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David Rietow

drying process, cracking the dry in-shell nut, separating the shell from the kernel, roasting and grading followed by bulk packaging. The manufacturing process begins with one or more grades of bulk kernel and ends with a retail product. Some of the

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Phillip Joy, Rajasekaran Lada, Cameron Fullerton, Brian Williams, and Angus Ells

The quick-frozen (QF) cut and peel processing industry is growing and has significant economical importance. Crack development formation (CDF) and enhancement is a major obstacle in QF carrot processing since it lowers product quality, profitability and consumer preference. Studies were initiated to determine the role of edaphic factors on crack development. Carrot samples (var. Sugarsnax) were collected from nine different fields before processing, after processing, and after 8 weeks of -8 °C freezer storage. Samples were tested for the percent cracked; the length, width, and depth of cracks; and membrane stability using electrical conductivity per gram (EC/g). Membrane injury index (MII) was also analyzed on freezer-stored samples. Very few cracks and low EC readings were observed in treatments prior to processing, with the exception of field VC38. Samples taken at the end of the processing line had a higher percentage of visual cracks and significant differences were found between fields in EC/g and length, but not in width or depth of cracks. Freezer-stored samples had significant differences in all parameters, including EC/g, MII, crack length, width, and depth, indicating that the length of freezer storage time can increase the potential for crack development. Samples from V49 cracked heavily during 8 weeks in freezer storage compared to the samples from other fields. A significant interaction between field and time was also observed in processed samples, indicating that CDF is dependent on both field parameters and freezer storage time. Significant differences were observed among different fields in terms of crack morphology, especially after 8 weeks in freezer storage.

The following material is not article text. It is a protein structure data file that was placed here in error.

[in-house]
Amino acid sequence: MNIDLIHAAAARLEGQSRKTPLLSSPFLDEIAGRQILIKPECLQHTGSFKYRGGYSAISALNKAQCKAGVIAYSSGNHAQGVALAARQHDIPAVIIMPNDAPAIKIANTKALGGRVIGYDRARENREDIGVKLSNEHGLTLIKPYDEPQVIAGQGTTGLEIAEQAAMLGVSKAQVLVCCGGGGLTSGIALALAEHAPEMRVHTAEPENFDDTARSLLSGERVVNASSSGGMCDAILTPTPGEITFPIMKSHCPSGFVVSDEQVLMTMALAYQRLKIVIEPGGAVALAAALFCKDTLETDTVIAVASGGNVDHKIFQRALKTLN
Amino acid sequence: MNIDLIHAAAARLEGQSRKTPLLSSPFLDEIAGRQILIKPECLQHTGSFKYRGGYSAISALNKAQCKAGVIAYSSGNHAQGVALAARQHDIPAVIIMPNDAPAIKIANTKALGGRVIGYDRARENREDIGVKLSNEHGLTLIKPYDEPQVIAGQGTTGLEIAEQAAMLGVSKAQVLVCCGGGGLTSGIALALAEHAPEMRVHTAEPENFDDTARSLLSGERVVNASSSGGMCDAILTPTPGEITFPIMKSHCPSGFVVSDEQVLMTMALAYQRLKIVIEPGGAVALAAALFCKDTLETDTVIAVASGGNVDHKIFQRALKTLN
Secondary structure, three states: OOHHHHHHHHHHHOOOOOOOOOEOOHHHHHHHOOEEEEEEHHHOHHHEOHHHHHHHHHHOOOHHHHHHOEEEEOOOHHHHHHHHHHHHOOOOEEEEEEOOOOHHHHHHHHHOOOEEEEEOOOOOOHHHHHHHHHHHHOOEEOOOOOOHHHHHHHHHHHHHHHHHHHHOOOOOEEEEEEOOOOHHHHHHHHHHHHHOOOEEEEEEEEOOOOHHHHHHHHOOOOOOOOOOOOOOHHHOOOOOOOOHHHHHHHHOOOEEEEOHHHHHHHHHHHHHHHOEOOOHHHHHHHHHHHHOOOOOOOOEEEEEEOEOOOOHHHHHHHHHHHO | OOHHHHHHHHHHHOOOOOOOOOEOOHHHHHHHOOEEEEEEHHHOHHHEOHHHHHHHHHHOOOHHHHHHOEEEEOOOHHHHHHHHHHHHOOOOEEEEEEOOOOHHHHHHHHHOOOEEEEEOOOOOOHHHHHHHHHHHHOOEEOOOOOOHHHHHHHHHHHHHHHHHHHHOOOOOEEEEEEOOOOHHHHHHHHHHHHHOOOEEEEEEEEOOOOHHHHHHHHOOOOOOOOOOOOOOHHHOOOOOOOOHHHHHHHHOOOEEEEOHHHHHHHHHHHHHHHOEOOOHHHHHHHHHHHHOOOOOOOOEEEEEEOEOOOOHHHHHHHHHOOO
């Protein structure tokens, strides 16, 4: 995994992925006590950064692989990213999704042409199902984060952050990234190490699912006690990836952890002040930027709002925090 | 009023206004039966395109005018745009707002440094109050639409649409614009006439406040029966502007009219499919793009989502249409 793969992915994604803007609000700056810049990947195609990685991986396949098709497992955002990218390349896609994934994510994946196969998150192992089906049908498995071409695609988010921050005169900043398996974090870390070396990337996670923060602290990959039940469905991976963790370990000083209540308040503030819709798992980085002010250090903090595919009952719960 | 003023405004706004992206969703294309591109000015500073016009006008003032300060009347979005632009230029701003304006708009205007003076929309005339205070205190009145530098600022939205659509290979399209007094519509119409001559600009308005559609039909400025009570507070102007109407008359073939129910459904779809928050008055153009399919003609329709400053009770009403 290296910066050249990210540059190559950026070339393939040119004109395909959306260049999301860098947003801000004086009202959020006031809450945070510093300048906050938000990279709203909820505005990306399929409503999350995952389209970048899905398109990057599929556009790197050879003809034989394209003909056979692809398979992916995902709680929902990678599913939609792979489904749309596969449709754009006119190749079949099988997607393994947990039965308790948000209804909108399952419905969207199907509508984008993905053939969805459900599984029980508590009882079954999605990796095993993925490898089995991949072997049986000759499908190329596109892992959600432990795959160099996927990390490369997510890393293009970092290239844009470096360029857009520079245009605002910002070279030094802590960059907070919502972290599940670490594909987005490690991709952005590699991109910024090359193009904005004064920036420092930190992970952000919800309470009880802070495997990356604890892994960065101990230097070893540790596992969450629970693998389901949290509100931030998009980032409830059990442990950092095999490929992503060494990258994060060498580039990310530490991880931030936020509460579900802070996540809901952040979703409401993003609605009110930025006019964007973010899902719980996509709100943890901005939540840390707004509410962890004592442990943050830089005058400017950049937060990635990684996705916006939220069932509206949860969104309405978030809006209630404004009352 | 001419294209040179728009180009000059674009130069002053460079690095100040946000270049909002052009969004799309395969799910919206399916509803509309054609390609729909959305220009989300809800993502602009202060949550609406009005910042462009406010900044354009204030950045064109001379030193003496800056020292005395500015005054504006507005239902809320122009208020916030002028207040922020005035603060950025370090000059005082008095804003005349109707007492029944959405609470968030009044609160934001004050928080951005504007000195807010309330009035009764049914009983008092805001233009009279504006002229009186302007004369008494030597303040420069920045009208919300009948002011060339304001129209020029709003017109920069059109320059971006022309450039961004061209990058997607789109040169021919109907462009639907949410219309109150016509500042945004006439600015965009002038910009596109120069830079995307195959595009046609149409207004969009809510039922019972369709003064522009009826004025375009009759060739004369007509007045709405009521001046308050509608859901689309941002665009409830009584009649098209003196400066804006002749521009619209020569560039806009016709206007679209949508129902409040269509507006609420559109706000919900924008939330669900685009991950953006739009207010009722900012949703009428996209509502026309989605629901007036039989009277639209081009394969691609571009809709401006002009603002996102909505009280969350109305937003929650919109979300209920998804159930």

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M. Meheriuk, D.-L. McKenzie, and L. Veto

Electron microscopic studies were conducted on `Sue', `Lapins' and `Van' sweet cherry cultivars which have a high, moderate and low resistance to rain cracking, respectively. Epidermal and hypodermal cells showed differences in size and number. Sue, the resistant cultivar, contained an additional thin elongated cell rich in protein matter, in the hypodermal layer. The three cultivars also showed differences in the cell walls and vacuoles. However, mineral content of the epidermal and hypodermal layers showed no relationship to incidence of fruit cracking.

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W. R.(Bill) Jester, Charles W. Averre, and Jonathan R. Schultheis